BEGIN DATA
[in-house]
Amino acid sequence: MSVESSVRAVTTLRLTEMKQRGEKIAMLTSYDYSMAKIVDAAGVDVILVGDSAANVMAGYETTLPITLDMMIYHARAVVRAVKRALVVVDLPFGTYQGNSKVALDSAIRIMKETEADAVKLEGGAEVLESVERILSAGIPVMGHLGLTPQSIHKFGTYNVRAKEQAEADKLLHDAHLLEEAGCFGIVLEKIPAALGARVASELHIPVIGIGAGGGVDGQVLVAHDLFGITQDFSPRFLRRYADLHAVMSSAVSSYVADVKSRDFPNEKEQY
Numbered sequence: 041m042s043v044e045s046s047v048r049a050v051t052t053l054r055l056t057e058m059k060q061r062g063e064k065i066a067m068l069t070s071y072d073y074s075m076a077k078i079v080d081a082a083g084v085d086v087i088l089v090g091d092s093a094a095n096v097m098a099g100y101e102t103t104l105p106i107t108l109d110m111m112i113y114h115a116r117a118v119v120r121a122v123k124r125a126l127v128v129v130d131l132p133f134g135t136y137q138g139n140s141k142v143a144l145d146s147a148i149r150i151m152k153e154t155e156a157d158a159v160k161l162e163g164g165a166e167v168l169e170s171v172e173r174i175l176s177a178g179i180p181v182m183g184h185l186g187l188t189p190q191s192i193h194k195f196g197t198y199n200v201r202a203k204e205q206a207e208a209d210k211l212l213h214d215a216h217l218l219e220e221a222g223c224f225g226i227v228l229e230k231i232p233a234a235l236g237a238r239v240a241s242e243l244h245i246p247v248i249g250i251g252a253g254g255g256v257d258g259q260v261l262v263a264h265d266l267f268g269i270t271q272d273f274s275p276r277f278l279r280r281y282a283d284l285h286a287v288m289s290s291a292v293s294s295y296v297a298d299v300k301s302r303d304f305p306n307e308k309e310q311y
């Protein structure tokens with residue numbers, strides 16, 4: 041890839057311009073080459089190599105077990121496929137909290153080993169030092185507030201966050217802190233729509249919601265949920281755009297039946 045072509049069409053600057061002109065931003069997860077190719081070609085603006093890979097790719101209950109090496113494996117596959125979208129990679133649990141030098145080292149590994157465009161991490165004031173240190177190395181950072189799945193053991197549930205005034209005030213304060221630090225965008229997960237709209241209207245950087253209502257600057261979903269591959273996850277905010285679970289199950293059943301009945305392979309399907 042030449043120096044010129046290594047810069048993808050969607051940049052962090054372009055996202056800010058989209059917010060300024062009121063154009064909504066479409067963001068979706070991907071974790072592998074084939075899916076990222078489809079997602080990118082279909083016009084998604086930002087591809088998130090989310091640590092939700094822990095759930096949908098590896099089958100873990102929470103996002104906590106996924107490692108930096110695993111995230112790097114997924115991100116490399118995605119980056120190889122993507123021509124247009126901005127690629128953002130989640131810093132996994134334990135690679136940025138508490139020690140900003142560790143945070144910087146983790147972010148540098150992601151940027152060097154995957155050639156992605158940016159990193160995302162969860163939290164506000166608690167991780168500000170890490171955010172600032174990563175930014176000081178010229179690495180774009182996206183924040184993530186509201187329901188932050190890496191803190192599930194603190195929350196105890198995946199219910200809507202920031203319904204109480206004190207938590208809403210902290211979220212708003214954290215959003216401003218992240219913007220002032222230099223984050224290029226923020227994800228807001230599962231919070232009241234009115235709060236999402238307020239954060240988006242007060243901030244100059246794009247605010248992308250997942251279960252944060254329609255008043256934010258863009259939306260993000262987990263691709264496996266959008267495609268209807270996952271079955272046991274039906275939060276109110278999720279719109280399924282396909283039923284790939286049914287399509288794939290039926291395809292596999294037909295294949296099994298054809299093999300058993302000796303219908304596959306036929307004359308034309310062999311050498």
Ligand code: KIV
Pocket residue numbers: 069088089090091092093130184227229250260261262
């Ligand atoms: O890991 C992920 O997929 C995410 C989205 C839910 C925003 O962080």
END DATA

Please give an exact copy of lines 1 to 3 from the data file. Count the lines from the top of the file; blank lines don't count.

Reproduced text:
[in-house]
Amino acid sequence: MSVESSVRAVTTLRLTEMKQRGEKIAMLTSYDYSMAKIVDAAGVDVILVGDSAANVMAGYETTLPITLDMMIYHARAVVRAVKRALVVVDLPFGTYQGNSKVALDSAIRIMKETEADAVKLEGGAEVLESVERILSAGIPVMGHLGLTPQSIHKFGTYNVRAKEQAEADKLLHDAHLLEEAGCFGIVLEKIPAALGARVASELHIPVIGIGAGGGVDGQVLVAHDLFGITQDFSPRFLRRYADLHAVMSSAVSSYVADVKSRDFPNEKEQY
Numbered sequence: 041m042s043v044e045s046s047v048r049a050v051t052t053l054r055l056t057e058m059k060q061r062g063e064k065i066a067m068l069t070s071y072d073y074s075m076a077k078i079v080d081a082a083g084v085d086v087i088l089v090g091d092s093a094a095n096v097m098a099g100y101e102t103t104l105p106i107t108l109d110m111m112i113y114h115a116r117a118v119v120r121a122v123k124r125a126l127v128v129v130d131l132p133f134g135t136y137q138g139n140s141k142v143a144l145d146s147a148i149r150i151m152k153e154t155e156a157d158a159v160k161l162e163g164g165a166e167v168l169e170s171v172e173r174i175l176s177a178g179i180p181v182m183g184h185l186g187l188t189p190q191s192i193h194k195f196g197t198y199n200v201r202a203k204e205q206a207e208a209d210k211l212l213h214d215a216h217l218l219e220e221a222g223c224f225g226i227v228l229e230k231i232p233a234a235l236g237a238r239v240a241s242e243l244h245i246p247v248i249g250i251g252a253g254g255g256v257d258g259q260v261l262v263a264h265d266l267f268g269i270t271q272d273f274s275p276r277f278l279r280r281y282a283d284l285h286a287v288m289s290s291a292v293s294s295y296v297a298d299v300k301s302r303d304f305p306n307e308k309e310q311y